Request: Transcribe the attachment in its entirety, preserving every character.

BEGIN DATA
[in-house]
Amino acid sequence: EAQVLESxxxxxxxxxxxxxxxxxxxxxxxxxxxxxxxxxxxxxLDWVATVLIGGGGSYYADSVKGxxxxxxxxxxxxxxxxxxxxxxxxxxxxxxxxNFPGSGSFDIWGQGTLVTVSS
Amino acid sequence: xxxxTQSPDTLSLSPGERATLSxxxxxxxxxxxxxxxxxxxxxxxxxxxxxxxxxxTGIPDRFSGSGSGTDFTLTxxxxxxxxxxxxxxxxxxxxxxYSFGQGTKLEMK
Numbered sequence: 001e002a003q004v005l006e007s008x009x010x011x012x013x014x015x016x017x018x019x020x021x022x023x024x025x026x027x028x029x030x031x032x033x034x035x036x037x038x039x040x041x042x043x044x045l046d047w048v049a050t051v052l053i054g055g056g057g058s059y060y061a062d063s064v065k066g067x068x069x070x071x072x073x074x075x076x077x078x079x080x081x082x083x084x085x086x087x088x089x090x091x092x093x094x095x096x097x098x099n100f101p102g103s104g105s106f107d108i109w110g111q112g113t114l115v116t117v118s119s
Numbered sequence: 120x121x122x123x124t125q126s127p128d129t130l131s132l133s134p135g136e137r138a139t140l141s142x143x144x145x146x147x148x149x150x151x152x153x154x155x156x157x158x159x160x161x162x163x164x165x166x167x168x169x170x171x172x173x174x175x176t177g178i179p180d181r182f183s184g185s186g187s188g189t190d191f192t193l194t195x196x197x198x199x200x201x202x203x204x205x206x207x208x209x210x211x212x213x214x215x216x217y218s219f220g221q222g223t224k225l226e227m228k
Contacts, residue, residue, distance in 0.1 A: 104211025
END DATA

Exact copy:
[in-house]
Amino acid sequence: EAQVLESxxxxxxxxxxxxxxxxxxxxxxxxxxxxxxxxxxxxxLDWVATVLIGGGGSYYADSVKGxxxxxxxxxxxxxxxxxxxxxxxxxxxxxxxxNFPGSGSFDIWGQGTLVTVSS
Amino acid sequence: xxxxTQSPDTLSLSPGERATLSxxxxxxxxxxxxxxxxxxxxxxxxxxxxxxxxxxTGIPDRFSGSGSGTDFTLTxxxxxxxxxxxxxxxxxxxxxxYSFGQGTKLEMK
Numbered sequence: 001e002a003q004v005l006e007s008x009x010x011x012x013x014x015x016x017x018x019x020x021x022x023x024x025x026x027x028x029x030x031x032x033x034x035x036x037x038x039x040x041x042x043x044x045l046d047w048v049a050t051v052l053i054g055g056g057g058s059y060y061a062d063s064v065k066g067x068x069x070x071x072x073x074x075x076x077x078x079x080x081x082x083x084x085x086x087x088x089x090x091x092x093x094x095x096x097x098x099n100f101p102g103s104g105s106f107d108i109w110g111q112g113t114l115v116t117v118s119s
Numbered sequence: 120x121x122x123x124t125q126s127p128d129t130l131s132l133s134p135g136e137r138a139t140l141s142x143x144x145x146x147x148x149x150x151x152x153x154x155x156x157x158x159x160x161x162x163x164x165x166x167x168x169x170x171x172x173x174x175x176t177g178i179p180d181r182f183s184g185s186g187s188g189t190d191f192t193l194t195x196x197x198x199x200x201x202x203x204x205x206x207x208x209x210x211x212x213x214x215x216x217y218s219f220g221q222g223t224k225l226e227m228k
Contacts, residue, residue, distance in 0.1 A: 104211025